Text Study for Matthew 5:1-12 (Part Two)

See POWELL, MARK ALLAN. “Matthew’s Beatitudes: Reversals and Rewards of the Kingdom.” The Catholic Biblical Quarterly 58, no. 3 (1996): 460–79. http://www.jstor.org/stable/43722717.

Are the Beatitudes about “reversals” or “rewards”? Mark Allan Powell answers that question with a confident “Yes.” According to Powell’s analysis, the Beatitudes devote one stanza to each subject with a concluding beatitude at the end. Warren Carter notes that he relies in large part on Powell’s analysis. It’s worth reading the original article for a deeper understanding.

This two-stanza poetic structure “marks the Beatitudes as one of the most carefully crafted passages in the Gospel. Unless no other option exists,” Powell argues, “Matthew’s readers should not be forced to decide between finding meaning for the individual verses and finding meaning for the collection as a whole” (page 461). Some middle ground in this regard would certainly help us as preachers, too.

Most scholars regard Matthew 5:3-10 as a unit to which Matthew 5:11-12 is added – at least in structural terms. As Powell notes, we change from the second person plural in the main body to the third person plural in the conclusion. The first unit has the bookends of “the kingdom of the heavens” to mark its limits. The verbs of the second unit are in the imperative rather than the indicative mood. So far, so good.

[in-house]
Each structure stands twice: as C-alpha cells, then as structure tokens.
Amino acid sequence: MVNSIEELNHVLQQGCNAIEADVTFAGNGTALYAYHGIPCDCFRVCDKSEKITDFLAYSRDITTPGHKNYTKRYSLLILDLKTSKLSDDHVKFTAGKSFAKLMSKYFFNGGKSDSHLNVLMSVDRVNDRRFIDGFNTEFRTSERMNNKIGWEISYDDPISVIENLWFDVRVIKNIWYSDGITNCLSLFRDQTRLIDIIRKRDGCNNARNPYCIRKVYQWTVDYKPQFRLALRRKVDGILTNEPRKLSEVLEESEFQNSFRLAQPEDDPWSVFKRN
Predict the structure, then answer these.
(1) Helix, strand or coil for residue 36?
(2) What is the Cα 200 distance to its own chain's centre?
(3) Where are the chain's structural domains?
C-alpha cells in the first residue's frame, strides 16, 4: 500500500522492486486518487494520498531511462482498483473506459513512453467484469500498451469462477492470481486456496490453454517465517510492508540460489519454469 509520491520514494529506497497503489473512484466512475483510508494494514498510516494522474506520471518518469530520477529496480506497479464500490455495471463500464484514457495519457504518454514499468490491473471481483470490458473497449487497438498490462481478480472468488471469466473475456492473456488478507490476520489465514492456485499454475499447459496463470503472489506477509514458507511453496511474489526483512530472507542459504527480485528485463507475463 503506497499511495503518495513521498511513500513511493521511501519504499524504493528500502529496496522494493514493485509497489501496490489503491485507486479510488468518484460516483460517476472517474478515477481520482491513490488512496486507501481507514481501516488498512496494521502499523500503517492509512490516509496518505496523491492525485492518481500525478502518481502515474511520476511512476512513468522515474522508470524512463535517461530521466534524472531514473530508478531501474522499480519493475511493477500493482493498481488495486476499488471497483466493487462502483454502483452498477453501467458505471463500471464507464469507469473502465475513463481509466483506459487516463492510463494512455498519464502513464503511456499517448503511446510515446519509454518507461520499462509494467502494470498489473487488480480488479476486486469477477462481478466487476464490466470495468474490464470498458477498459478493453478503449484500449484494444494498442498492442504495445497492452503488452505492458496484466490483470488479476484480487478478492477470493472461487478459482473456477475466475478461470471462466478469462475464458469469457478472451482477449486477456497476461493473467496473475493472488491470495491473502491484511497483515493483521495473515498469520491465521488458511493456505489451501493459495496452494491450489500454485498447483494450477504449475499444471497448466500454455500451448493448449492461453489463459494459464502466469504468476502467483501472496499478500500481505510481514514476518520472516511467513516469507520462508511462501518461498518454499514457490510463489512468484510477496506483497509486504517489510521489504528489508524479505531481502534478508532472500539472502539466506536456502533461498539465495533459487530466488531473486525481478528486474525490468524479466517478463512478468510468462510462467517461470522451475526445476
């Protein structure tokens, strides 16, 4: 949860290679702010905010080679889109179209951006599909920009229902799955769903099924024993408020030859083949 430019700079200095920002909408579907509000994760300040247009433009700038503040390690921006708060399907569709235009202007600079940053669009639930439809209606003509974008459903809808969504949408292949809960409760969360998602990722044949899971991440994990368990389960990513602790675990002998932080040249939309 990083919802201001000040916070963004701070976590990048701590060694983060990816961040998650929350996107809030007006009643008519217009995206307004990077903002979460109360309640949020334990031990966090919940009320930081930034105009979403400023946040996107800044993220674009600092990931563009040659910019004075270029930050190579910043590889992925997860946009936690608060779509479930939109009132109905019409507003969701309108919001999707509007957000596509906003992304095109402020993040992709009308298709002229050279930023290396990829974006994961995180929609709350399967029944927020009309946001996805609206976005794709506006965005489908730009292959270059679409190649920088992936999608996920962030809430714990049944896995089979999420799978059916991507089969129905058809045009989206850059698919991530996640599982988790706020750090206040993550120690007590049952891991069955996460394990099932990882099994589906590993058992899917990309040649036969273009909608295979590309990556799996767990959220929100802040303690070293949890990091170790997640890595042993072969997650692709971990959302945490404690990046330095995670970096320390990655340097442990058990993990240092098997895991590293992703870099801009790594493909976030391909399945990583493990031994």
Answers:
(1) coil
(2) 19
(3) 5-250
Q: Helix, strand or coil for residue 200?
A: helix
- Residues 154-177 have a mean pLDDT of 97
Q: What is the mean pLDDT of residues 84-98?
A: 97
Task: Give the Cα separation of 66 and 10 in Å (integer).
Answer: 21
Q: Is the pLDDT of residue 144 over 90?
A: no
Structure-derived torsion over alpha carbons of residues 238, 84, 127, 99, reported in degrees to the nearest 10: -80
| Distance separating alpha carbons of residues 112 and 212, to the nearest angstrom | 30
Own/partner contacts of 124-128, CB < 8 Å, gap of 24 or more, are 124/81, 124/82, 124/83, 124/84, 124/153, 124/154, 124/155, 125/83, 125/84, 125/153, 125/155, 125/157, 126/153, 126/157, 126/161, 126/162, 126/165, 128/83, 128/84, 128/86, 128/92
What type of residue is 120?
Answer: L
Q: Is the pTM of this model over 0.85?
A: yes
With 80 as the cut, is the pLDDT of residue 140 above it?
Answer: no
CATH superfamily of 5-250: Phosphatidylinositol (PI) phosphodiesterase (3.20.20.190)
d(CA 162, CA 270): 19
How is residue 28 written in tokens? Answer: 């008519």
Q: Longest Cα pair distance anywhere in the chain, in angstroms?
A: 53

Now for the two stanzas. Verses three through six and verses seven through ten each contain precisely thirty-six words in the Greek. Verses three through six use a sort of alliteration. Each of the groups begins in Greek with the “p” sound. Warren Carter identifies them as the poor in spirit, the plaintive, the powerless, and those who pine for righteousness (page 131). I like that a lot! And both verses 6 and 10 end with a reference to righteousness, creating a parallelism of stanza endings.

“Acceptance of a two-stanza structure allows for a compromise solution to the reversal-reward debate,” Powell concludes, “the first stanza (5:3-6) speaks of reversals for the unfortunate, and the second stanza (5:7-10) describes rewards for the virtuous” (page 462). We’ll hold off on the structural role of verses eleven and twelve for now.